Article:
When US Commerce secretary Wilbur Ross proposed to include a citizenship question in the 2020 census, 18 states filed a lawsuit to block it. The states argued that the new addition could make unauthorized immigrants less likely to take part in the census, leading to an erroneously lower US population count. Now, one state thinks it would be better not to count the group at all.
Alabama congressman Mo Brooks announced yesterday (May 22) that he and the state had jointly filed a lawsuit against the US Census Bureau and US Department of Commerce to force the agencies to exclude unauthorized immigrants in the 2020 census.
The State of Alabama & I have jointly filed a lawsuit in U.S. District Court challenging the Census Bureau’s practice of counting illegal aliens, which dilutes American citizens' 14th Amendment right to equal representation. https://t.co/wIS7kDL13e
— Mo Brooks (@RepMoBrooks) May 22, 2018
The 2020 census will later be used to allocate the number of congressional seats to each state, the number of electoral votes each state has in presidential elections, and the amount of money each state receives from the federal government. Brooks says the practice of counting unauthorized immigrants benefits states with large unauthorized immigrant populations and creates a disadvantage for US citizens in Alabama: “The difference in illegal alien population between states is dramatic… One state’s gain is another state’s loss.”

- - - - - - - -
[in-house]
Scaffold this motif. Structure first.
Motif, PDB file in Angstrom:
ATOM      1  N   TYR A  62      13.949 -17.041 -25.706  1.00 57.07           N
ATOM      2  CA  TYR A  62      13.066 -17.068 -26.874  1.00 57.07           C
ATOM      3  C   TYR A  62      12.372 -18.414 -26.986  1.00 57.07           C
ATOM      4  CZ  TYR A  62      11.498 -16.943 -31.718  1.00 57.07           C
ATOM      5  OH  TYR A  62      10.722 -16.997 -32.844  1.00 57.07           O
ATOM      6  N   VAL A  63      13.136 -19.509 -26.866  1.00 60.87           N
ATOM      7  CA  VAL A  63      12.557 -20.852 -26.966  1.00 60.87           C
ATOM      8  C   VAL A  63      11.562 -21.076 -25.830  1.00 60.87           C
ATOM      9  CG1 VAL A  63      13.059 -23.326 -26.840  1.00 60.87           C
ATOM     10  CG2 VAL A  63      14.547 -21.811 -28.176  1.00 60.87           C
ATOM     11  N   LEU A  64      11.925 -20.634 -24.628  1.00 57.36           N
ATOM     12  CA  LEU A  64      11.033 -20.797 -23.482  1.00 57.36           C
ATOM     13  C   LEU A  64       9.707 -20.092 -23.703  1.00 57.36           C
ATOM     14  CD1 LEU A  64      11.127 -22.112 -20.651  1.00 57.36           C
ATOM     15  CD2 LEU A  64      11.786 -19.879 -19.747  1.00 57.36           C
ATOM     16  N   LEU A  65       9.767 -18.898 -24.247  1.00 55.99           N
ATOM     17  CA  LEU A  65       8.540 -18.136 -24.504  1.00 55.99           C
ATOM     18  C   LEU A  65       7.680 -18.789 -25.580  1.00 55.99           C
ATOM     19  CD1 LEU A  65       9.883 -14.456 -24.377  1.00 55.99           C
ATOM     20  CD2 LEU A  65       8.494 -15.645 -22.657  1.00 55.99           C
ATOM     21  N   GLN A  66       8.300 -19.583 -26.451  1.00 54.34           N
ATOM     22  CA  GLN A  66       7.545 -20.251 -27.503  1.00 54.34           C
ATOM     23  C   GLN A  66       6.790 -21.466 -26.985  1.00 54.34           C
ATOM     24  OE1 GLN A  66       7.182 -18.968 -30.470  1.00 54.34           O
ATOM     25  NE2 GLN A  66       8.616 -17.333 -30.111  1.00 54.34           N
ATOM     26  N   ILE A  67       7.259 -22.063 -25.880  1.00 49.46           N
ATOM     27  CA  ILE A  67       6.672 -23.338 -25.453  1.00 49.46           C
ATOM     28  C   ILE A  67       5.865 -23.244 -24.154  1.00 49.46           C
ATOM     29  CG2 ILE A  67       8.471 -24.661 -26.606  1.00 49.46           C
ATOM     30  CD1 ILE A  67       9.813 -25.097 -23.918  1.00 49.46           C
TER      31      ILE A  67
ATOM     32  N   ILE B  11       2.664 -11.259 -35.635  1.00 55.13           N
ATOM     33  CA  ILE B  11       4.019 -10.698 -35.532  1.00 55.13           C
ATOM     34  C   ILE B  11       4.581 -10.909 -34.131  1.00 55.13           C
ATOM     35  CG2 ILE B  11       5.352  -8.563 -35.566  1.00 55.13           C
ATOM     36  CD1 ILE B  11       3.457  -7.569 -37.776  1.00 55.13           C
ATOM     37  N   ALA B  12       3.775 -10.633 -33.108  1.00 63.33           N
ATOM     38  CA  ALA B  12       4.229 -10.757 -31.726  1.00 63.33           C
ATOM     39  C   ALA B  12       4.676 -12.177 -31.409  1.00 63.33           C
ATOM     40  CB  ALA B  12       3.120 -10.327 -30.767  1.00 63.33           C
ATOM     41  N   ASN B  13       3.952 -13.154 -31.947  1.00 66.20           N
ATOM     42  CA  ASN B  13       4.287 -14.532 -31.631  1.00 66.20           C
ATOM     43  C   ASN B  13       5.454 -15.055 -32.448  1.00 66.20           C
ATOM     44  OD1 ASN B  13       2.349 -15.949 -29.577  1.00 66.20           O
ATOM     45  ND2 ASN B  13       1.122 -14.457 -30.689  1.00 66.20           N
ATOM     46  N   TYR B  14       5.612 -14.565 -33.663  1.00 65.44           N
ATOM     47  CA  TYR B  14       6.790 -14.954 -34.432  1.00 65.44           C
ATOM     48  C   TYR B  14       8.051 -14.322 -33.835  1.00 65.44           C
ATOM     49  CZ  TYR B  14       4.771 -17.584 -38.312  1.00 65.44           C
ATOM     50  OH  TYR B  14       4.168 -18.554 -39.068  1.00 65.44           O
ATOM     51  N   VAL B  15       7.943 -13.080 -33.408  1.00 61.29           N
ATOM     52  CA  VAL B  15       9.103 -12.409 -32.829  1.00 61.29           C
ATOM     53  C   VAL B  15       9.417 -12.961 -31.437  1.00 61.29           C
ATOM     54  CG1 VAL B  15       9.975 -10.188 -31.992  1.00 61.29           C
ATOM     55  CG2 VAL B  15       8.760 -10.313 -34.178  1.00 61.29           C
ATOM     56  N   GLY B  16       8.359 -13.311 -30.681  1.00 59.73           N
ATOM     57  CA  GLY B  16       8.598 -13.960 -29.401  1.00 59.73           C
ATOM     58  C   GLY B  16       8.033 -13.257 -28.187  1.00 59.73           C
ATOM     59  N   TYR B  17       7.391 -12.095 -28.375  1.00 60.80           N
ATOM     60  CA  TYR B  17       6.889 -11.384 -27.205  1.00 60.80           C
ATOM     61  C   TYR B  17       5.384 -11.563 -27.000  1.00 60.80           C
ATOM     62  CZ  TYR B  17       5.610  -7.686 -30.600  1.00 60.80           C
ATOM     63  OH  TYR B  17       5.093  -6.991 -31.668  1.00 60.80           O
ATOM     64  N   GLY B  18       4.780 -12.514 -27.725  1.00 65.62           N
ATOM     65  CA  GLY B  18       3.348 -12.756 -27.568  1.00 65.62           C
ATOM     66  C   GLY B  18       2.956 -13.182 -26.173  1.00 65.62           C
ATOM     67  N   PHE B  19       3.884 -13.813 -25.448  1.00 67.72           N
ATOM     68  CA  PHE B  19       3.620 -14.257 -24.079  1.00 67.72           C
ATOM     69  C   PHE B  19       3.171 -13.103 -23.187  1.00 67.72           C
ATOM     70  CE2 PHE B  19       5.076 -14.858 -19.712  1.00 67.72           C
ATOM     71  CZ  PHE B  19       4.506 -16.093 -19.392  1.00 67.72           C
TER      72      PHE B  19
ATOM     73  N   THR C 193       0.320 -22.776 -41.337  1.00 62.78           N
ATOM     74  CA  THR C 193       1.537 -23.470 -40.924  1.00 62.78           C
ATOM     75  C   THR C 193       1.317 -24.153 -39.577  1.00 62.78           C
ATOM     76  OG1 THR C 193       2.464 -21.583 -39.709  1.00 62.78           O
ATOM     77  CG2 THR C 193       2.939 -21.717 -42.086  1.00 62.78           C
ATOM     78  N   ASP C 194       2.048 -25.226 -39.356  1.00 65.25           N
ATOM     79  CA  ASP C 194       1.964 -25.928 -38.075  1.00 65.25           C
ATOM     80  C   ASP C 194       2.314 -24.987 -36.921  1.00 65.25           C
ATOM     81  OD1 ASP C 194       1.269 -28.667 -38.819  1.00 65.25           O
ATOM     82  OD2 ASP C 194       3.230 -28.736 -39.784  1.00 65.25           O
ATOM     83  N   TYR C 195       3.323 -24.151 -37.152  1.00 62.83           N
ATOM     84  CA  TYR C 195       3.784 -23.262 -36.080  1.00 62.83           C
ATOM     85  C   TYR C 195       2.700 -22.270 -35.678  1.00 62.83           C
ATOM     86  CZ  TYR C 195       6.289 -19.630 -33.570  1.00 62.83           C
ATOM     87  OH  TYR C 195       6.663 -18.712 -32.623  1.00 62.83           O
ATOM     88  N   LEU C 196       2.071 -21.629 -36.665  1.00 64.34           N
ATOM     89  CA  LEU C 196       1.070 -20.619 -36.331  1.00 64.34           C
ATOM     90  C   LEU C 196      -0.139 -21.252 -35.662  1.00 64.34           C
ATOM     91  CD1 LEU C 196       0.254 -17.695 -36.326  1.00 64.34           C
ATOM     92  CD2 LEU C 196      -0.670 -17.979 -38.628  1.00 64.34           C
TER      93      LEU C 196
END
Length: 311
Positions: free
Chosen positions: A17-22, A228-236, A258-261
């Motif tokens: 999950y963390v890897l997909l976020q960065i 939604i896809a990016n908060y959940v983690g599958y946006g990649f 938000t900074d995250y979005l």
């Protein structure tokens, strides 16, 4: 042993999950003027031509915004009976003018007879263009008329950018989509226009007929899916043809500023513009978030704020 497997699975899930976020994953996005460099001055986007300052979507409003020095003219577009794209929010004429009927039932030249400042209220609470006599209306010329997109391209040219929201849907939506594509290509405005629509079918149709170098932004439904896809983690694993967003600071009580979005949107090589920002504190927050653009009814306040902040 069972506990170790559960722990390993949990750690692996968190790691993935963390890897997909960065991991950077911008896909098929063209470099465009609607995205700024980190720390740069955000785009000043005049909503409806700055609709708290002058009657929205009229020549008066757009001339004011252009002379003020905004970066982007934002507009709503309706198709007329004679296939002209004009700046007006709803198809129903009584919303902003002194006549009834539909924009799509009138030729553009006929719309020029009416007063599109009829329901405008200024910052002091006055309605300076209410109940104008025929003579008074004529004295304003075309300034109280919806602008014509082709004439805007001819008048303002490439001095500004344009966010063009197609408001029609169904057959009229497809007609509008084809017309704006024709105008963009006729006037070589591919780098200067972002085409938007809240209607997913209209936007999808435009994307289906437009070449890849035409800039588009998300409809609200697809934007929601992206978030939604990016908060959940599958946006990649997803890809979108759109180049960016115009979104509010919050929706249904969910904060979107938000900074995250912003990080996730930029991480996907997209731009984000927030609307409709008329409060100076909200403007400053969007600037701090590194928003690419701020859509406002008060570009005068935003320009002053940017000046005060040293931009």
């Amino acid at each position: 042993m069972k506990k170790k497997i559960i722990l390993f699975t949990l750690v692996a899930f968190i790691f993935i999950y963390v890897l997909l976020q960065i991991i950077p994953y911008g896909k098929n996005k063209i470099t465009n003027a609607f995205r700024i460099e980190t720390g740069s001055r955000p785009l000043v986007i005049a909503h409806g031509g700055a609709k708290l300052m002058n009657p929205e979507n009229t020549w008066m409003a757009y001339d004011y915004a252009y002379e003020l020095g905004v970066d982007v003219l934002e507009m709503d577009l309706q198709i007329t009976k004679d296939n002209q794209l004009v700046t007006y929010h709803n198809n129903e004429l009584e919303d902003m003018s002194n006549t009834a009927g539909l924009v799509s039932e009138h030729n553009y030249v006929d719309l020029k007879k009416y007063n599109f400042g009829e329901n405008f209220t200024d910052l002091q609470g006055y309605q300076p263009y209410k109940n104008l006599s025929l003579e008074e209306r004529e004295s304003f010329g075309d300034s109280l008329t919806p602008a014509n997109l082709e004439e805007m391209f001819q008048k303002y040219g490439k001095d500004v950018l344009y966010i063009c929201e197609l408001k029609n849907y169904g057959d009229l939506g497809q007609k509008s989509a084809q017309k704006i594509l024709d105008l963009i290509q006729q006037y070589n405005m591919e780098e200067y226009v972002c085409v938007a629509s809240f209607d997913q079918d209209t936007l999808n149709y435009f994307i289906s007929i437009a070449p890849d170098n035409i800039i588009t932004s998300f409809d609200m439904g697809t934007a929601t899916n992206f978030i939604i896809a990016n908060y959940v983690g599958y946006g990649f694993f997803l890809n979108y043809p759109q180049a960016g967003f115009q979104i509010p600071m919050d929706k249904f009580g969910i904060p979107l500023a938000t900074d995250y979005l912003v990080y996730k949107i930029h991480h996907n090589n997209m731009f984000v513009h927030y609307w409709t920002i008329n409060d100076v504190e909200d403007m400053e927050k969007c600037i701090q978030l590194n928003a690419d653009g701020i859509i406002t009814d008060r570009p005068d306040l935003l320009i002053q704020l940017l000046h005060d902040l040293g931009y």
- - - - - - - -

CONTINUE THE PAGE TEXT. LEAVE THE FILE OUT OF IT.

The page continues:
Pew Research Center estimates that unauthorized immigrants made up 3.5% of the US population in 2014. More than 43% of them were in just three states: California, Texas and Florida. About 6% of California’s population was estimated to be unauthorized immigrants. In Alabama, it was 1.3%.
While the lawsuit is certainly catching the attention of Americans, in 2016 the Supreme Court ruled unanimously that total population—including unauthorized immigrants—can be used when states redraw their legislative districts. Justice Ginsburg wrote in the decision: “As the Framers of the Constitution and the Fourteenth Amendment comprehended, representatives serve all residents, not just those eligible or registered to vote.” Nonetheless, the court didn’t explicitly forbid states from using other methods to draw congressional lines either—such as only counting eligible voters.
Correction: A previous version of the map included in this item omitted Colorado from the group of states suing to prevent the addition of a citizenship question to the 2020 census. It joined the lawsuit on May 1.